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  177. Whiskey Wednesday Rant of Erotic–er I mean Epic proportions « The Redneck Romance Writer
    Mar 05, 2008 @ 04:07:17

    [...] was “my space” where anything goes. But is that a good idea? There’s been some discussion about what constitutes “To Much Information” or TMI. Though many interesting ideas were [...]

  178. Nora Roberts
    Mar 05, 2008 @ 06:35:26

    I figured out why I, at least, reacted so strongly to many of Ms. Kitt’s comments–over and above content of same. It’s like religion. These are HER beliefs–her faith–and she attempts to push them on others. She interprets and she preaches, makes it clear by the preaching and the insults to those who don’t fall in line that she knows The Truth.

    Yet, as Robin said, it’s a form of self-promotion.

    I could, as she redefines porn, redefine christianity. We are all christians. Christ was an archetype, a symbol known for good works, who stood for helping your neighbor, feeding the hungry, clothing the naked, giving shelter to those in need. Therefore, anyone who has worked with any charity or donated to one in the spirit of good will is now a christian. The Jews, Buddists, Hindis, Wiccans, Muslims, atheists, etc, just have to accept that.

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  179. Imogen Howson
    Mar 05, 2008 @ 08:44:09

    I get the whole ‘reclaiming language’ idea. I do. I approve. If you want to take a word with historically derogatory associations and reclaim it and make it mean something good and empowering, then good for you and I hope you succeed.

    But you can’t reclaim it for other people. If you write erotic romance and you want to call it porn and say it’s because it embodies an aspect of Aphrodite, that’s fine. But you’re still going to come up against the current dictionary meaning of pornography, which is not just ‘material designed primarily to sexually arouse’ but is also ‘sexually explicit material with no artistic or literary merit’.

    You can try and erase that meaning if you like, and replace it with a more affirming meaning (although if you succeed, what on earth are you going to call that material that still has no literary merit and is produced solely to arouse?) but if you apply the word porn to non-erotic romance, or romance with closed-door sex scenes, or asexual romance, then the first association people will make is the ‘sexually explicit no literary merit’ one, and they’ll be pissed off. Partly just because it’s infuriating to be mis-labelled.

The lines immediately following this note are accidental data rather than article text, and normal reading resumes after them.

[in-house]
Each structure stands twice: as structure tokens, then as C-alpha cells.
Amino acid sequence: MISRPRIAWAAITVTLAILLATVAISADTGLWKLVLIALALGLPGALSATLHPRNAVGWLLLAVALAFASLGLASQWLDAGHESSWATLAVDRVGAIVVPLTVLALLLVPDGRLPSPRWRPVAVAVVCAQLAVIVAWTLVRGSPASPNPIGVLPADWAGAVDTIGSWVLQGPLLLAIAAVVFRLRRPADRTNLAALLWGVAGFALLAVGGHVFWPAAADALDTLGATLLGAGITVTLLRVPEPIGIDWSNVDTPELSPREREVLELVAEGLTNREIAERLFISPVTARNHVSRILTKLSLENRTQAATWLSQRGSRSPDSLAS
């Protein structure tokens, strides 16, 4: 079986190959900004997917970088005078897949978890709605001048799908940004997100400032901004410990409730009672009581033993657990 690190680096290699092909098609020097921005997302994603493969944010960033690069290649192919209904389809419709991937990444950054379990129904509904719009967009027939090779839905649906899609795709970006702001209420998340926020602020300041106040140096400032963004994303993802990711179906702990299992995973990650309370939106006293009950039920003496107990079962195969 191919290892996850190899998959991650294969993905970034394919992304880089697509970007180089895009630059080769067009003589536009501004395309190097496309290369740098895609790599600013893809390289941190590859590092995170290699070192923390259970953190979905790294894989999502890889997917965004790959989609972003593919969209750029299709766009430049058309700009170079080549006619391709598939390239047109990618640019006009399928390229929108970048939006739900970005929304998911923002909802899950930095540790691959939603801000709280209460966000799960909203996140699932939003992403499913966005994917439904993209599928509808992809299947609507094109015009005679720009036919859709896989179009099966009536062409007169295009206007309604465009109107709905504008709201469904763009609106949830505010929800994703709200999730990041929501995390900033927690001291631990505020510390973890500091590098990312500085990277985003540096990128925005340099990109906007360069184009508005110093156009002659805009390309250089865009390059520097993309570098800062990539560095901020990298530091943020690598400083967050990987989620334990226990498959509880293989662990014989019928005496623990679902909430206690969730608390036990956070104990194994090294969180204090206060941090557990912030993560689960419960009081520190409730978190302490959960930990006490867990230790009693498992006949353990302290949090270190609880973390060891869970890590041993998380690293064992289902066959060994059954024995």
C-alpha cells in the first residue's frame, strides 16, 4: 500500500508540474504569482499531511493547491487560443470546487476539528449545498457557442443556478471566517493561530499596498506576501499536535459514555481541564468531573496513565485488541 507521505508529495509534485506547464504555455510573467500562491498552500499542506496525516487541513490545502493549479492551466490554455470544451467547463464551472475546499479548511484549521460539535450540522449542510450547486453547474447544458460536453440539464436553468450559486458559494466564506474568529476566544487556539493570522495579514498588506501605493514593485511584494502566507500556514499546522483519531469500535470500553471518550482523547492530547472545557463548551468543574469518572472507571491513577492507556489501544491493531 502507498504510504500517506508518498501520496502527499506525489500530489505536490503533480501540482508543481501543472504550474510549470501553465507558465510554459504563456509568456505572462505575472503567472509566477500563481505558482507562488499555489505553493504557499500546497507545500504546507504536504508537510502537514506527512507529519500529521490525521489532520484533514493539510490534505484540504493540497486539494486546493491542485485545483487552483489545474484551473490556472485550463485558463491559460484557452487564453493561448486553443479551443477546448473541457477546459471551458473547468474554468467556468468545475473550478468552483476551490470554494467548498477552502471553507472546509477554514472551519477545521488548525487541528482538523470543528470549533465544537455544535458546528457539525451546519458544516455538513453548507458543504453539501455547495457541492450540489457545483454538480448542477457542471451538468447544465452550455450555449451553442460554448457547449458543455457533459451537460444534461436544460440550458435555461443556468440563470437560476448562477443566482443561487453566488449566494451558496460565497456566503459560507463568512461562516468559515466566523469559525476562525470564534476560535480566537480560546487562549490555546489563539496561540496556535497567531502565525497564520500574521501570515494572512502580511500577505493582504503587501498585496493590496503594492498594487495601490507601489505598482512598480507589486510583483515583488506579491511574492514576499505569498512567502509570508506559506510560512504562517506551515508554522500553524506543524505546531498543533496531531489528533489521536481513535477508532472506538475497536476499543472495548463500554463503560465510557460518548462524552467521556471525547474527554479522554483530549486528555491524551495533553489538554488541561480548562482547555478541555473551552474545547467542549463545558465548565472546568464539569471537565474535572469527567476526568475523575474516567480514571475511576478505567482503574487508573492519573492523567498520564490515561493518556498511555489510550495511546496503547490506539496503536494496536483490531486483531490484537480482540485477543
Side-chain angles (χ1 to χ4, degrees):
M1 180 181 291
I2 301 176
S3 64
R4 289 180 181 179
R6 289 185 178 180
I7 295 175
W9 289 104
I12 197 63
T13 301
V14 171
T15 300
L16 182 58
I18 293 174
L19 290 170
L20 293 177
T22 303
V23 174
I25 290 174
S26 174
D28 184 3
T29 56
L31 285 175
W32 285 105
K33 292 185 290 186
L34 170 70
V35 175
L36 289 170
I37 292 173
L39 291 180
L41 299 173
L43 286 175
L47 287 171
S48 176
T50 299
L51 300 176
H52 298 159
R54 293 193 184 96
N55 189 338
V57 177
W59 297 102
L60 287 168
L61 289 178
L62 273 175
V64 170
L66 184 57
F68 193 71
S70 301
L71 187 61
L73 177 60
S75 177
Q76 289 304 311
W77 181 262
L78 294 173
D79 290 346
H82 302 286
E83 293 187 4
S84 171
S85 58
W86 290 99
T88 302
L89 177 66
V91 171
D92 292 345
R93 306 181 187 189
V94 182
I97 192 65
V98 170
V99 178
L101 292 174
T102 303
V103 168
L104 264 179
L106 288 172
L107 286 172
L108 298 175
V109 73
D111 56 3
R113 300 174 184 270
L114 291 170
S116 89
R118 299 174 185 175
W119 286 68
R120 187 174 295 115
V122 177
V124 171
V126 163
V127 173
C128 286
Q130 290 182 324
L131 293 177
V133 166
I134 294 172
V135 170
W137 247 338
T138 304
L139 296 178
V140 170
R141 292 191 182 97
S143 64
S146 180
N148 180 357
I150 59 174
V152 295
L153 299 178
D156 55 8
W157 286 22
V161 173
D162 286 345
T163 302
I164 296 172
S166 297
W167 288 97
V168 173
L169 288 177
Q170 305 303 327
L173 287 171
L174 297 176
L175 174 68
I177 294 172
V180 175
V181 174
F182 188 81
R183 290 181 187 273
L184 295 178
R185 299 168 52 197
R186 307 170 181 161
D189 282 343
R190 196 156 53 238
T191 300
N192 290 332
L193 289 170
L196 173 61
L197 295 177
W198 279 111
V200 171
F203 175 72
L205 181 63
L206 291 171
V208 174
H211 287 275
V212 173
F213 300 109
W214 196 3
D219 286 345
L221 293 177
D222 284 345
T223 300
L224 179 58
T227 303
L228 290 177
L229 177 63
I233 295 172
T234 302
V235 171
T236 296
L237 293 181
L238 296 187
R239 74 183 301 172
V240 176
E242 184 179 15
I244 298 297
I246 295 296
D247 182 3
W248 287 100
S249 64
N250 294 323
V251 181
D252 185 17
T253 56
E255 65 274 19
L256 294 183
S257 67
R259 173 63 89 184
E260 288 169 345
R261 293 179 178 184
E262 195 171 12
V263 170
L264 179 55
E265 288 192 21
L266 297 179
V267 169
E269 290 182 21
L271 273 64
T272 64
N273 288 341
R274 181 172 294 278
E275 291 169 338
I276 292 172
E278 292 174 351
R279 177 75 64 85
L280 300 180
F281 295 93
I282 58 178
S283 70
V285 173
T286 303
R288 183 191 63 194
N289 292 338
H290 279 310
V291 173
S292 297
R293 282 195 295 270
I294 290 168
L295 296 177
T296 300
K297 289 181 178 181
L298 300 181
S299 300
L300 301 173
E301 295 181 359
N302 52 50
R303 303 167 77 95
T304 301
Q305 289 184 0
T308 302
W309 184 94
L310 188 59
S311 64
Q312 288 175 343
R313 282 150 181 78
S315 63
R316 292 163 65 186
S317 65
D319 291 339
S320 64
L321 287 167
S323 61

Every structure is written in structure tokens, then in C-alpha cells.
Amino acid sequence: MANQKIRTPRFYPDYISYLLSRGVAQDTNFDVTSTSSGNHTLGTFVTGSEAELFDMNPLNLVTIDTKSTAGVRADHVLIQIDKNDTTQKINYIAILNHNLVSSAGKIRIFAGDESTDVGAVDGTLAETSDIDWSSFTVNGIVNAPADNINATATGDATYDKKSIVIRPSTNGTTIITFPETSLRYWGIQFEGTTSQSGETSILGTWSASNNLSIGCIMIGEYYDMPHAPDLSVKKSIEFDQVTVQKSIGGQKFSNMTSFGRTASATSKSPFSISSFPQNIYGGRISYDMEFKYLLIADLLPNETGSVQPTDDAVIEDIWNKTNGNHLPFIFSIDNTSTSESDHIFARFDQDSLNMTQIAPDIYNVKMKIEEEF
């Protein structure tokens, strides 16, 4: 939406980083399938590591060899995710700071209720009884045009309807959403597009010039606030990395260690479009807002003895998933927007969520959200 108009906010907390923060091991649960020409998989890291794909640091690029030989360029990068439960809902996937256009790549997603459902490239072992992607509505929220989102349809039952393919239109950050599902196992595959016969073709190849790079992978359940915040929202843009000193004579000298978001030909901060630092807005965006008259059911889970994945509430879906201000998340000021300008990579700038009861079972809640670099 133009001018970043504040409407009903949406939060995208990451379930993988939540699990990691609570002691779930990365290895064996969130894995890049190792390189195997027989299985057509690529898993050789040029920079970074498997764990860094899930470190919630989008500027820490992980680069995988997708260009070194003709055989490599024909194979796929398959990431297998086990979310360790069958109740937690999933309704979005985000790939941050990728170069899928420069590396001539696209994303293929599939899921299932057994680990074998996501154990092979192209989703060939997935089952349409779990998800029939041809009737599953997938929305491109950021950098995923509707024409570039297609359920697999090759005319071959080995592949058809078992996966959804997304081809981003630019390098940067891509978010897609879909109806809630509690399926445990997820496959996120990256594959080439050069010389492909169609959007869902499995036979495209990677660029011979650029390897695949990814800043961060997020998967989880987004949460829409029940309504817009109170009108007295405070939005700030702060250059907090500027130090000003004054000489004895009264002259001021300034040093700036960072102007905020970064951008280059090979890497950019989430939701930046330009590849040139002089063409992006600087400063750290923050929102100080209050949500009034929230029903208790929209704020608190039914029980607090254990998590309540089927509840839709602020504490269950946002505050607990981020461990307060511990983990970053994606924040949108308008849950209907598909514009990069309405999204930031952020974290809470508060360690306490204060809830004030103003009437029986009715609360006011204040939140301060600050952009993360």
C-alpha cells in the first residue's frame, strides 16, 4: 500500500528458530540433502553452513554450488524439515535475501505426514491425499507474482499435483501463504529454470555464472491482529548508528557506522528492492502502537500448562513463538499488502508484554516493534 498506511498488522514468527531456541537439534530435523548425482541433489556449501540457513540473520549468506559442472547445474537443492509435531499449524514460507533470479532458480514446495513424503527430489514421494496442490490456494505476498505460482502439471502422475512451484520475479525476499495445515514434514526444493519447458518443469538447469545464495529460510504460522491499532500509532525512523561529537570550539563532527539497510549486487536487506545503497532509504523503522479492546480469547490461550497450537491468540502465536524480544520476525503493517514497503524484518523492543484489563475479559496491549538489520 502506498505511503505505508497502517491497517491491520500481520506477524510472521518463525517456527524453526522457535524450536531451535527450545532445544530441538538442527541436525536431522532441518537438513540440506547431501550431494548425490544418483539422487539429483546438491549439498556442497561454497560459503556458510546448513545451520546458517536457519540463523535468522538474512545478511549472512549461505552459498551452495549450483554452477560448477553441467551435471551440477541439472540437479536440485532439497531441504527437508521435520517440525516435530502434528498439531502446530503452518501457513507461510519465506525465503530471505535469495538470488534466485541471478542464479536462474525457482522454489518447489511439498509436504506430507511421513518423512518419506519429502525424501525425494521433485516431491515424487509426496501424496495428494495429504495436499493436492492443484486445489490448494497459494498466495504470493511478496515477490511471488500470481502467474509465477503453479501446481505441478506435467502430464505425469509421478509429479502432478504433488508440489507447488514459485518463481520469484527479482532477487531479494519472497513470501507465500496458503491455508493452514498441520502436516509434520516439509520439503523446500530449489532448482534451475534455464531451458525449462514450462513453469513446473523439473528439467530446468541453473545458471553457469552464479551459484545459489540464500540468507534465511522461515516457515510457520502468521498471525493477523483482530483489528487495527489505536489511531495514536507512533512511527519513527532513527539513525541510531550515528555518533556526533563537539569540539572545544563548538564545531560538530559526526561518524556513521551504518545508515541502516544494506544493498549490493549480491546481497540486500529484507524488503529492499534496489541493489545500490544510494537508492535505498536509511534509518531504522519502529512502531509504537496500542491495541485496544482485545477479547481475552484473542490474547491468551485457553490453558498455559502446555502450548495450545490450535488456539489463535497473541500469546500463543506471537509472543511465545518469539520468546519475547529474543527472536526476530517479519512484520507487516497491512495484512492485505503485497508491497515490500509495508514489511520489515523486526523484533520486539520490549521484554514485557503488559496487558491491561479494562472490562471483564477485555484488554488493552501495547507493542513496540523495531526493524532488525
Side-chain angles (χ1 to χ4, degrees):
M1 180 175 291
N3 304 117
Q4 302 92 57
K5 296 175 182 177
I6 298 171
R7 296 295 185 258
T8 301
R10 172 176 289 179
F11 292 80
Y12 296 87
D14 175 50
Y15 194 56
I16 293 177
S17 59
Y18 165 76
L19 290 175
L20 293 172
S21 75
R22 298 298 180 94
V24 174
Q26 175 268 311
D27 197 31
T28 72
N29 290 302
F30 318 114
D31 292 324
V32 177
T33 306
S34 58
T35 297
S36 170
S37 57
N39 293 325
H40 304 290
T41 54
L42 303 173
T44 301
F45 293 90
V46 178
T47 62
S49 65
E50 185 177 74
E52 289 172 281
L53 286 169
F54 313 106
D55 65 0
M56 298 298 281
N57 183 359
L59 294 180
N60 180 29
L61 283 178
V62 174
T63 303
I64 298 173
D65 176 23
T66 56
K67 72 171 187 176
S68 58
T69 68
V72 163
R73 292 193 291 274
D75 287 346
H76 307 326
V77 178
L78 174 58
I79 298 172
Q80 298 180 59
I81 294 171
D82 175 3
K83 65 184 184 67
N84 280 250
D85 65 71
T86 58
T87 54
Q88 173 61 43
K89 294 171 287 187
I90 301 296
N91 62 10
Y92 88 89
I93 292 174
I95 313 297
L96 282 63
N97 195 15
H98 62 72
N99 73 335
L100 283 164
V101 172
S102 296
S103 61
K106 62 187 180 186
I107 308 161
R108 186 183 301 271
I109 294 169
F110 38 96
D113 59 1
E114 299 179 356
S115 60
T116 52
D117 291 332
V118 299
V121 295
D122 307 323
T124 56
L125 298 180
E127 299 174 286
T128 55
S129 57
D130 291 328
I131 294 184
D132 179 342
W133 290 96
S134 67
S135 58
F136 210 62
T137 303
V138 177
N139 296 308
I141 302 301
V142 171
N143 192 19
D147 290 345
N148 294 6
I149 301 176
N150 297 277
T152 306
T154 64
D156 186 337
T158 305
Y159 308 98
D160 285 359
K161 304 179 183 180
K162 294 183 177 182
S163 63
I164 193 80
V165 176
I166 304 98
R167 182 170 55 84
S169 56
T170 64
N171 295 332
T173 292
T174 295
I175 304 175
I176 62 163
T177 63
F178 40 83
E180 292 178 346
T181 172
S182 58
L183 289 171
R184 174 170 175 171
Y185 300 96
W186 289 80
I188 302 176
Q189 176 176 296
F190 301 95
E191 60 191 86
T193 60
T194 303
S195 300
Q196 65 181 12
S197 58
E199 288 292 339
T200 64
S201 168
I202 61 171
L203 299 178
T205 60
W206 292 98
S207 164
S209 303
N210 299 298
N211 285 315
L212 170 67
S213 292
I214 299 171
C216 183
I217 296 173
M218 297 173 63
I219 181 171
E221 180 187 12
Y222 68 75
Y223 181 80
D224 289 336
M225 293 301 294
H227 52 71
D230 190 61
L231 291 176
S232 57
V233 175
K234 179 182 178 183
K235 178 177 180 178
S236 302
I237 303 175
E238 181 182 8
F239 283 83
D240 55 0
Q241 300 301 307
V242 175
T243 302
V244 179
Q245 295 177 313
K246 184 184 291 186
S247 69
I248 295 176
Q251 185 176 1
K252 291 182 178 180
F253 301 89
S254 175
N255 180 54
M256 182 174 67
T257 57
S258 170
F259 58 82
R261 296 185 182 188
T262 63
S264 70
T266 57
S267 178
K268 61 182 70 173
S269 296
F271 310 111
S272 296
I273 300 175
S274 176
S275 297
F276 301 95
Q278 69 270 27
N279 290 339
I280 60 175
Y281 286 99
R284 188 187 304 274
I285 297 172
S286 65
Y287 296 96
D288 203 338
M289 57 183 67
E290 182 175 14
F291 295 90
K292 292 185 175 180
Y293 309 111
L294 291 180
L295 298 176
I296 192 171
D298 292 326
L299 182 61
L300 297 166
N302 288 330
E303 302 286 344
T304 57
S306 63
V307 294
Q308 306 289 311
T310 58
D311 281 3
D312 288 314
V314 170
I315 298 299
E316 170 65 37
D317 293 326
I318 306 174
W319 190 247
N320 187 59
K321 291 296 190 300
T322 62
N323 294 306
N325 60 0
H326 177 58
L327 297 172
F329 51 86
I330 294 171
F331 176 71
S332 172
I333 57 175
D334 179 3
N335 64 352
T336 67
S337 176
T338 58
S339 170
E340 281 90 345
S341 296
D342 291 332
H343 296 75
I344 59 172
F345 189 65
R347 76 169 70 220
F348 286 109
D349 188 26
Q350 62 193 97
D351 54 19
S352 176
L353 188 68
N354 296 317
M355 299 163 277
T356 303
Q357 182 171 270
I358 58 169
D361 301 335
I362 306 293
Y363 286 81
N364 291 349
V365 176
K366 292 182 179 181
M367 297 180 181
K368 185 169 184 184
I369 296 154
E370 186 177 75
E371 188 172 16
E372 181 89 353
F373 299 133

I’m kind of irritated by the idea that all romance is porn. But I’m much more irritated by the idea that all romance is porn and I’m ‘not willing to admit it’. If I wrote it, I would admit it. As I don’t, I won’t.

    Also, to the comment that one man’s figure studies is another’s wanking material. That’s got nothing to do with the definition of porn. Porn is when something is designed to arouse–it has nothing to do with whether it’s successful or not. If I get turned on by pictures of baked beans (this is not the case, btw, so don’t go accusing me of TMI!) that doesn’t mean an advert in a supermarket is porn. I could use it as porn, but it doesn’t mean it is porn.

    ReplyReply

  180. Shannon Stacey
    Mar 05, 2008 @ 10:05:28

    Reading all through these comments, the one thing I keep thinking is that I could never share the details of my intimate life on the web, not only because I just wouldn’t do it, but out of respect for my husband. He’s a contractor and business owner and wow, would that just not be cool. But then I figure respecting my husband probably enhances my oppressed status. On the other hand, I’ve written erotic romance so…

    I’m a prudish, oppressed porn writer? Cool.

    I did, however, donate to the ferrets, so I’ll get to go to the happy library in the sky where people who call all romances porn get their keyboards taken away.